Automotive safety technology has come a long way since the 1960s and 1970s when the per capita fatality rate was 2-3 times what it is today, but a new study from the Insurance Institute for Highway Safety (IIHS) shows that, although improvements have been made in driverside protection in many cars, there is still a ways to go in providing similar levels of protection for front seat passengers.
Part of the reason automotive technology has become safer is that the testing process for car safety has become increasingly thorough, taking into account a wide variety of potential collision scenarios. The IIHS uses a number of different tests to assess safety across cars, including testing the strength of automotive roofs, head restraints, and seats.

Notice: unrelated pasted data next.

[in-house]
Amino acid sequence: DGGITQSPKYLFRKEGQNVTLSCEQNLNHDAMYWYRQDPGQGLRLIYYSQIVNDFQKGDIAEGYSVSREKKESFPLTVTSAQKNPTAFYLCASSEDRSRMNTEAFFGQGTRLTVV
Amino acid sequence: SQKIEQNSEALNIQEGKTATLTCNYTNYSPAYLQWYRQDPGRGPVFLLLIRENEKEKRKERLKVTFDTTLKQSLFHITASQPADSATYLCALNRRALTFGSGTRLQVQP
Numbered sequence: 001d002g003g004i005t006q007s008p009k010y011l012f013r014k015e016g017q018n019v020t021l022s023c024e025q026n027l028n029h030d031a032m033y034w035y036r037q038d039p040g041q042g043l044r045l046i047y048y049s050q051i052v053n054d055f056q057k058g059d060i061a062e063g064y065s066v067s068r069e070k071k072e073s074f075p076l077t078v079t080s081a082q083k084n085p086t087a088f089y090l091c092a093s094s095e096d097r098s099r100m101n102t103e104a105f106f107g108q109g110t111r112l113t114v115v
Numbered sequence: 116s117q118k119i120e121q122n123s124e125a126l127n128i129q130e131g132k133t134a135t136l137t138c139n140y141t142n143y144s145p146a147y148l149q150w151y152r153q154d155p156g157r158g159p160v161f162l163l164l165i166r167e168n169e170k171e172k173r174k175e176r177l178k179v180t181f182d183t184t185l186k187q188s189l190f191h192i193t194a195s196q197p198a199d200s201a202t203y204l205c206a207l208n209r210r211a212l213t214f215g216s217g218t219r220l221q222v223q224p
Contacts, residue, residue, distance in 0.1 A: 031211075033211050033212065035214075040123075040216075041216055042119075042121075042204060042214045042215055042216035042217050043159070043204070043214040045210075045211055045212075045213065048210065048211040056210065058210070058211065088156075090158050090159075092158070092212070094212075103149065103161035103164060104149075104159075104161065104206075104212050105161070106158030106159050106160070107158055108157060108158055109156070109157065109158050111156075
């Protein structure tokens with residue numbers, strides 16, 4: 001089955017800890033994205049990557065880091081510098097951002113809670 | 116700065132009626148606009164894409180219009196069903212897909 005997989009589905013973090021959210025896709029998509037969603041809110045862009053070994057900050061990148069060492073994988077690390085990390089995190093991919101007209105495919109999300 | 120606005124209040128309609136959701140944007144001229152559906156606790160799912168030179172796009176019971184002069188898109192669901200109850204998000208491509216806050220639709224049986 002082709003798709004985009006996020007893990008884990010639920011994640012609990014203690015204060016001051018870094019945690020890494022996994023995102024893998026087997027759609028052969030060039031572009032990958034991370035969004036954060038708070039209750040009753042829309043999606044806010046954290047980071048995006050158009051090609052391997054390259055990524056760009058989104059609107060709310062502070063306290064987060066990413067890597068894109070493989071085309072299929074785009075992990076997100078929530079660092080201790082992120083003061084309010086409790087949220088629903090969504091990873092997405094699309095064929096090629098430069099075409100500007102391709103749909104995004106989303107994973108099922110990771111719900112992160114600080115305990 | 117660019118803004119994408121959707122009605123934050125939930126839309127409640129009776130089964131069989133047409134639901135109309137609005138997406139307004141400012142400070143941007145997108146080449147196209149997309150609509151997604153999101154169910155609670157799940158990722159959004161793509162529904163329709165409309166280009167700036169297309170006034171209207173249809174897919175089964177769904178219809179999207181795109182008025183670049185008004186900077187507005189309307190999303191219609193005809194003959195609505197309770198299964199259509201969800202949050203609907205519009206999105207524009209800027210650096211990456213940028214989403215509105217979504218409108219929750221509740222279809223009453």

The institute also look at two main types of collisions: side crashes (being rammed on the side) and frontal crashes (driving into another car, wall, or object). Within the heading of frontal crashes are two subcategories: moderate overlap crashes where a large portion of the front of the car collides with another object, and small overlap crashes where only the corner of the front of the car hits an object, such as a light pole or tree.